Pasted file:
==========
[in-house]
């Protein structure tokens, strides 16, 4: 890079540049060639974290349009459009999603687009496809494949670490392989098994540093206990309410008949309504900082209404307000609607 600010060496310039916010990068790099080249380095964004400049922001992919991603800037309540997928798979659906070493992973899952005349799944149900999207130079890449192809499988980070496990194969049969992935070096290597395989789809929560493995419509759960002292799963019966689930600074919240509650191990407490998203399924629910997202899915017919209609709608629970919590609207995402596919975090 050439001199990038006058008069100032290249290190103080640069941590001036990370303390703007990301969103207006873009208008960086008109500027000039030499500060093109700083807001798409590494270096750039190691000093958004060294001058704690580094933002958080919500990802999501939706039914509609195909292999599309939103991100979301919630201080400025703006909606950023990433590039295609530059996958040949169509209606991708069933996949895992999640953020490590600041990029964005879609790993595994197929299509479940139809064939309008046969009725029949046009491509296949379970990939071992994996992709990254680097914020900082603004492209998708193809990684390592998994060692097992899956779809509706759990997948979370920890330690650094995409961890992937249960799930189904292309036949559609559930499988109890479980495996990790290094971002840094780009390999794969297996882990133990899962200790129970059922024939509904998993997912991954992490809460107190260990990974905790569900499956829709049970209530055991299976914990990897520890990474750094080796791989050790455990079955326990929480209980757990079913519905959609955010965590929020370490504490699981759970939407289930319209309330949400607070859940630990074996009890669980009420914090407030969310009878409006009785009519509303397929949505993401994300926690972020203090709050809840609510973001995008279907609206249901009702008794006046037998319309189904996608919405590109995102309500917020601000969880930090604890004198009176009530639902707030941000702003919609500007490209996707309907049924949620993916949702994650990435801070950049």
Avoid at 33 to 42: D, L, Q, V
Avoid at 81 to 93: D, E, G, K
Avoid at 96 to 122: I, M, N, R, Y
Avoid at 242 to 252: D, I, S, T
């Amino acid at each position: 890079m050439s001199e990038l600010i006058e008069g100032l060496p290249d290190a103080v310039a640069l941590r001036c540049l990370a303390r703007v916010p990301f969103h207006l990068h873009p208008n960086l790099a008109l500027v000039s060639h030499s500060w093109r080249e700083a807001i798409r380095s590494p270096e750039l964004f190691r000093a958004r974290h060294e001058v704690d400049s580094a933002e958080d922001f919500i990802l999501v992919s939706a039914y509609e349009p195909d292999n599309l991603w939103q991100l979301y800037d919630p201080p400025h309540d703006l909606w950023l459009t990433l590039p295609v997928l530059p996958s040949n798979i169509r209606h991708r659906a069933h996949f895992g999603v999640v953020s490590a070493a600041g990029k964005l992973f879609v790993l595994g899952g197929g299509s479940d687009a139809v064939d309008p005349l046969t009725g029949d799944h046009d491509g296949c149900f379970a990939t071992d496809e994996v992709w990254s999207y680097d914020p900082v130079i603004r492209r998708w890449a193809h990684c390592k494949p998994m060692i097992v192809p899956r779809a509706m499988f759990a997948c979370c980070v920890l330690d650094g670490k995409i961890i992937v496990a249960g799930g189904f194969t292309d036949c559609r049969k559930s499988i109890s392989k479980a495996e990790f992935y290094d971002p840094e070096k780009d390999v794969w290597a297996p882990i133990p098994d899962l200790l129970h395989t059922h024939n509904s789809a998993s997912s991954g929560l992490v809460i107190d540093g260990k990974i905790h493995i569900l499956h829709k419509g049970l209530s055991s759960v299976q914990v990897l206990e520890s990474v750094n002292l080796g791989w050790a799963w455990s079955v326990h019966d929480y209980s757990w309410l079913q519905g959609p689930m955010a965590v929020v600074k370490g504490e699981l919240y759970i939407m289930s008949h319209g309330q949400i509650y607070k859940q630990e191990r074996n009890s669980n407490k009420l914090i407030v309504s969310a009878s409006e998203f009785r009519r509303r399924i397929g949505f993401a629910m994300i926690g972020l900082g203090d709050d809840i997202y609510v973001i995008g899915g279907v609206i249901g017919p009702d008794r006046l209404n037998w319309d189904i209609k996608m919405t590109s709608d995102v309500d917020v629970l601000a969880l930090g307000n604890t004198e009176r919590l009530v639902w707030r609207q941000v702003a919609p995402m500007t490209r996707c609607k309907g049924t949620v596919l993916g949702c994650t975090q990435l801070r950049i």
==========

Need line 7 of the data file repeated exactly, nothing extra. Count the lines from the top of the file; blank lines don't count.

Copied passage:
């Amino acid at each position: 890079m050439s001199e990038l600010i006058e008069g100032l060496p290249d290190a103080v310039a640069l941590r001036c540049l990370a303390r703007v916010p990301f969103h207006l990068h873009p208008n960086l790099a008109l500027v000039s060639h030499s500060w093109r080249e700083a807001i798409r380095s590494p270096e750039l964004f190691r000093a958004r974290h060294e001058v704690d400049s580094a933002e958080d922001f919500i990802l999501v992919s939706a039914y509609e349009p195909d292999n599309l991603w939103q991100l979301y800037d919630p201080p400025h309540d703006l909606w950023l459009t990433l590039p295609v997928l530059p996958s040949n798979i169509r209606h991708r659906a069933h996949f895992g999603v999640v953020s490590a070493a600041g990029k964005l992973f879609v790993l595994g899952g197929g299509s479940d687009a139809v064939d309008p005349l046969t009725g029949d799944h046009d491509g296949c149900f379970a990939t071992d496809e994996v992709w990254s999207y680097d914020p900082v130079i603004r492209r998708w890449a193809h990684c390592k494949p998994m060692i097992v192809p899956r779809a509706m499988f759990a997948c979370c980070v920890l330690d650094g670490k995409i961890i992937v496990a249960g799930g189904f194969t292309d036949c559609r049969k559930s499988i109890s392989k479980a495996e990790f992935y290094d971002p840094e070096k780009d390999v794969w290597a297996p882990i133990p098994d899962l200790l129970h395989t059922h024939n509904s789809a998993s997912s991954g929560l992490v809460i107190d540093g260990k990974i905790h493995i569900l499956h829709k419509g049970l209530s055991s759960v299976q914990v990897l206990e520890s990474v750094n002292l080796g791989w050790a799963w455990s079955v326990h019966d929480y209980s757990w309410l079913q519905g959609p689930m955010a965590v929020v600074k370490g504490e699981l919240y759970i939407m289930s008949h319209g309330q949400i509650y607070k859940q630990e191990r074996n009890s669980n407490k009420l914090i407030v309504s969310a009878s409006e998203f009785r009519r509303r399924i397929g949505f993401a629910m994300i926690g972020l900082g203090d709050d809840i997202y609510v973001i995008g899915g279907v609206i249901g017919p009702d008794r006046l209404n037998w319309d189904i209609k996608m919405t590109s709608d995102v309500d917020v629970l601000a969880l930090g307000n604890t004198e009176r919590l009530v639902w707030r609207q941000v702003a919609p995402m500007t490209r996707c609607k309907g049924t949620v596919l993916g949702c994650t975090q990435l801070r950049i």